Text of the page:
‘I really do not see how the Queen’s Government is to be carried on,’ said Harold Smith to Green Walker, standing in a corner of one of the lobbies of the House of Commons on the first of those days of awful interest, in which the Queen was sending for one crack statesman after another; and some anxious men were beginning to doubt whether or no we should, in truth, be able to obtain the blessing of another Cabinet. The gods had all vanished from their places. Would the giants be good enough to do anything for us or no? There were men who seemed to think that the giants would refuse to do anything for us. ‘The House will now be adjourned over till Monday, and I would not be in Her Majesty’s shoes for something,’ said Mr Harold Smith.

‘By Jove! no,’ said Green Walker, who in these days was a staunch Harold Smithian, having felt a pride in joining himself on as a substantial support of a Cabinet minister. Had he contented himself with being merely a Brockite, he would have counted as nobody. ‘By Jove! no,’ and Green Walker opened his eyes and shook his head as he thought of the perilous condition in which Her Majesty must be placed. ‘I happen to know that Lord —— won’t join them unless he has the Foreign Office,’ and he mentioned some hundred-handed Gyas supposed to be of the utmost importance to the counsels of the Titans.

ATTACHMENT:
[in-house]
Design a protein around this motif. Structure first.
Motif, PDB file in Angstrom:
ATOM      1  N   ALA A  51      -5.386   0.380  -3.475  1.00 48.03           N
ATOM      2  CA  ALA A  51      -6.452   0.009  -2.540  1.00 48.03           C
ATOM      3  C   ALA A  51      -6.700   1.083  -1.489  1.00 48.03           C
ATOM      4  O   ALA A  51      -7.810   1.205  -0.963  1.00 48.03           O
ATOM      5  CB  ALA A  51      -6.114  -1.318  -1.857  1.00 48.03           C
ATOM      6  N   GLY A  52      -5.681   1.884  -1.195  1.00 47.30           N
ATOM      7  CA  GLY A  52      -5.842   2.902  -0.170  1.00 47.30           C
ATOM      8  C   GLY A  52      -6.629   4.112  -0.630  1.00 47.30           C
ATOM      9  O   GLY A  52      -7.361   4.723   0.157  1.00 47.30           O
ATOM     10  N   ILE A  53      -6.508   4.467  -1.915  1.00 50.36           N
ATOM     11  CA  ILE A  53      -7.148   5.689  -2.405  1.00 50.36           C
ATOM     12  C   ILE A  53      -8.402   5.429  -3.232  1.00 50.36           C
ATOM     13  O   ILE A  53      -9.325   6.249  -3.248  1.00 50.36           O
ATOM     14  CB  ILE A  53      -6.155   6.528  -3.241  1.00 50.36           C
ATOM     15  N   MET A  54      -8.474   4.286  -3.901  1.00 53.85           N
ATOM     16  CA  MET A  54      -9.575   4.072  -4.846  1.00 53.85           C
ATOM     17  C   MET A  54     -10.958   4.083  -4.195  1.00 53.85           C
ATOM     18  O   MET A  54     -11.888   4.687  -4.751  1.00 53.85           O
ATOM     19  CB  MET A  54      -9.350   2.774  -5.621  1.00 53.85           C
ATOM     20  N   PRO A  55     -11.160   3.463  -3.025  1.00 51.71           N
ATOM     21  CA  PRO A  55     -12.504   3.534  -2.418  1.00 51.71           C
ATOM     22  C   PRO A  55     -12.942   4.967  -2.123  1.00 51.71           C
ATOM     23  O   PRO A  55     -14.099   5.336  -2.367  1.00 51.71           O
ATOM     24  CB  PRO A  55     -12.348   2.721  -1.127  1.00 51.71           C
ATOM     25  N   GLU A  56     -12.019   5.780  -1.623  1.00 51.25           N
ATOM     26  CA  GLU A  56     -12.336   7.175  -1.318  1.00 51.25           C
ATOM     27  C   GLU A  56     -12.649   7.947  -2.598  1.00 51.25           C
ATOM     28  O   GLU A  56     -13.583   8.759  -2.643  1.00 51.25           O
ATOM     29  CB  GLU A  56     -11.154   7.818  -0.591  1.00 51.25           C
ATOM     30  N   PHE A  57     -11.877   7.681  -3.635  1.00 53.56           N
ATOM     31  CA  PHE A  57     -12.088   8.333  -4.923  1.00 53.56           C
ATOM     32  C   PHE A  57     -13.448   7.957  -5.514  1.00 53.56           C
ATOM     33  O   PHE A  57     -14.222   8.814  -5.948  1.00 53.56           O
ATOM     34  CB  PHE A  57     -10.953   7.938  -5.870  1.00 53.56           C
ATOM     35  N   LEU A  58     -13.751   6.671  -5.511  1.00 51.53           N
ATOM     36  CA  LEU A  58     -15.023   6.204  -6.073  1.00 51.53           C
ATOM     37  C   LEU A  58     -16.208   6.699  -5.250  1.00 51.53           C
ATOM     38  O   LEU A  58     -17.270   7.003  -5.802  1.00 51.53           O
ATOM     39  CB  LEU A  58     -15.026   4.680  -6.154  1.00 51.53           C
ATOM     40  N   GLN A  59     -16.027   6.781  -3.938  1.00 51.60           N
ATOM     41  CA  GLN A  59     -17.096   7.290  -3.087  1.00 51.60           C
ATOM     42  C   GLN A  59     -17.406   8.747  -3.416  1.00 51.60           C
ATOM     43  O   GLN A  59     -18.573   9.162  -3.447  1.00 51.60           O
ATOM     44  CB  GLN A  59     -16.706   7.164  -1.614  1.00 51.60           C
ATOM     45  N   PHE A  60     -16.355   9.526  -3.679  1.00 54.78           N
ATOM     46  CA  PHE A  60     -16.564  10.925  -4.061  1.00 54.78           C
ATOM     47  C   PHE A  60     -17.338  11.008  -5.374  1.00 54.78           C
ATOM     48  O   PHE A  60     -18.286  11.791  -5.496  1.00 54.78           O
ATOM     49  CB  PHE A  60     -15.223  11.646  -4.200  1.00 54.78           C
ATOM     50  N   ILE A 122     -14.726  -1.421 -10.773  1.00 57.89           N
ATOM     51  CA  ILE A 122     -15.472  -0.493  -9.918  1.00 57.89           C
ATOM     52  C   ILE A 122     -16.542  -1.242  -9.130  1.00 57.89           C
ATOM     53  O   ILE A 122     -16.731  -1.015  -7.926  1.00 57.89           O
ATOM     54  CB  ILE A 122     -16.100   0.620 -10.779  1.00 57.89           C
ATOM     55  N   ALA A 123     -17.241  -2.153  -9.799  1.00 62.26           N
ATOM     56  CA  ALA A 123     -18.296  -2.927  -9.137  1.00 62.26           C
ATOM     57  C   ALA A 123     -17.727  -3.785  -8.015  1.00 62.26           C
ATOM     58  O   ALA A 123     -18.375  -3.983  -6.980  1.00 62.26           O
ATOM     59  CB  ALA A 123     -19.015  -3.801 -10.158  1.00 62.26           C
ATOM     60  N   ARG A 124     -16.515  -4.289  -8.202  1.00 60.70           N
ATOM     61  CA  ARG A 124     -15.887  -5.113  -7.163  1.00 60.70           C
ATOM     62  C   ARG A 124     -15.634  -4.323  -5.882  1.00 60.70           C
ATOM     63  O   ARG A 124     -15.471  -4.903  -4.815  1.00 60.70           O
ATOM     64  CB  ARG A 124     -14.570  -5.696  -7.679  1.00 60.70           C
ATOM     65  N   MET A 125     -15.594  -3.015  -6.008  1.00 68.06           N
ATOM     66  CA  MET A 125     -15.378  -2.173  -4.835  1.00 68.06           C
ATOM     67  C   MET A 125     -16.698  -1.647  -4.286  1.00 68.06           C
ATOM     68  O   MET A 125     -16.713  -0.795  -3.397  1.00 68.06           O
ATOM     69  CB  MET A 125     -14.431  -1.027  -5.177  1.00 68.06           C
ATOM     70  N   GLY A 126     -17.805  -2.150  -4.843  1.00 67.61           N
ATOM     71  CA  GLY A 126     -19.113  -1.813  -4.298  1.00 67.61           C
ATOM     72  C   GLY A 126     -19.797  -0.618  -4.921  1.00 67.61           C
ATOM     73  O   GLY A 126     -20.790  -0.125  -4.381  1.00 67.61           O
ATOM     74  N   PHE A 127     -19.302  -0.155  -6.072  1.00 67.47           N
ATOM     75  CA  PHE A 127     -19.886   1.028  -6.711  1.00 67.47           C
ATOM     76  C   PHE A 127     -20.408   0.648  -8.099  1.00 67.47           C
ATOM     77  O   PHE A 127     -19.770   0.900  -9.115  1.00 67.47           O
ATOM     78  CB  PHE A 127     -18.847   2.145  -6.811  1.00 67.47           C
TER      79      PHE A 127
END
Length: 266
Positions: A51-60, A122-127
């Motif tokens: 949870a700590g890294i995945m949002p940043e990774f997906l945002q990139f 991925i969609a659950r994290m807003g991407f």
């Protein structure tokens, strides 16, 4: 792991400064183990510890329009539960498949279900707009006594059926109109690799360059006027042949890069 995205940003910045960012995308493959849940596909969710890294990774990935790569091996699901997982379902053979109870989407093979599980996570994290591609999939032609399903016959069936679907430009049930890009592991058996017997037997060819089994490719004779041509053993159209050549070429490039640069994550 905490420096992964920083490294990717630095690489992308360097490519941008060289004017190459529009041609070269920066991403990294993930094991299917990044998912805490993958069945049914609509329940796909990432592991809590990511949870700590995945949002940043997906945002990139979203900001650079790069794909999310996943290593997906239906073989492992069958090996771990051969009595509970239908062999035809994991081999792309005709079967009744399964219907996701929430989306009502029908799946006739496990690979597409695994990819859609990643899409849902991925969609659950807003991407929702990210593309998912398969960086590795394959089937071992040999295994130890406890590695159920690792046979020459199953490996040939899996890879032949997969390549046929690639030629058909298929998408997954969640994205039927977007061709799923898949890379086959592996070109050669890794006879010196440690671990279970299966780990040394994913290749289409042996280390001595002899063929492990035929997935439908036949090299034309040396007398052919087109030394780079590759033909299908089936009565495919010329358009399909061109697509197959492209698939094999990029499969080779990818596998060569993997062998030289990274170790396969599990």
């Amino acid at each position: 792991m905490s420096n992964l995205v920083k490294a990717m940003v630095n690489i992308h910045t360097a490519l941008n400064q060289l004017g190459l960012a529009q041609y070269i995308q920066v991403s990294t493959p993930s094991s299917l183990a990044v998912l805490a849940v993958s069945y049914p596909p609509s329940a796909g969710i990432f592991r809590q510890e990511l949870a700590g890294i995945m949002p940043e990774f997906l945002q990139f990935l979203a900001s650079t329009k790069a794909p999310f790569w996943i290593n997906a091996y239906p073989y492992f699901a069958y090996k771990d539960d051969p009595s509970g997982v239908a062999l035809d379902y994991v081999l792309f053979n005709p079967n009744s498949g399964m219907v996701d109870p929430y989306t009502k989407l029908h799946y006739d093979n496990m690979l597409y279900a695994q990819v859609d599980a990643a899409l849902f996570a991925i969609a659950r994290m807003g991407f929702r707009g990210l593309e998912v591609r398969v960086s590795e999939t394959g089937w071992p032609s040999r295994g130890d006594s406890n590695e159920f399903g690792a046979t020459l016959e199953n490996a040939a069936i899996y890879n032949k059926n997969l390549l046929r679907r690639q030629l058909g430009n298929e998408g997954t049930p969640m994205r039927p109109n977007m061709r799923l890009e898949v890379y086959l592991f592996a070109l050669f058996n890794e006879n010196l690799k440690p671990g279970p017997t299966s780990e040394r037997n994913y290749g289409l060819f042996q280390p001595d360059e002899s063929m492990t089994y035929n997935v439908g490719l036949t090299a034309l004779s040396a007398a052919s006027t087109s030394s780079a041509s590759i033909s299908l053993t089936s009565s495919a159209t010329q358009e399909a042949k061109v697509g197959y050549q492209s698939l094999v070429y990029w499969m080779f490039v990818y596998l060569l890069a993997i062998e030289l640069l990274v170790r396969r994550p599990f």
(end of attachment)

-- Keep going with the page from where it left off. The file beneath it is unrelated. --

‘And that, of course, is impossible. I don’t see what on earth they are to do. There’s Sidonia; they do say that he’s making some difficulty now.’ Now Sidonia was another giant, supposed to be very powerful.

‘We all know that the Queen won’t see him,’ said Green Walker, who, being a member of parliament for the Crewe Junction, and nephew to Lord Hartletop, of course had perfectly correct means of ascertaining what the Queen would do, and what she would not.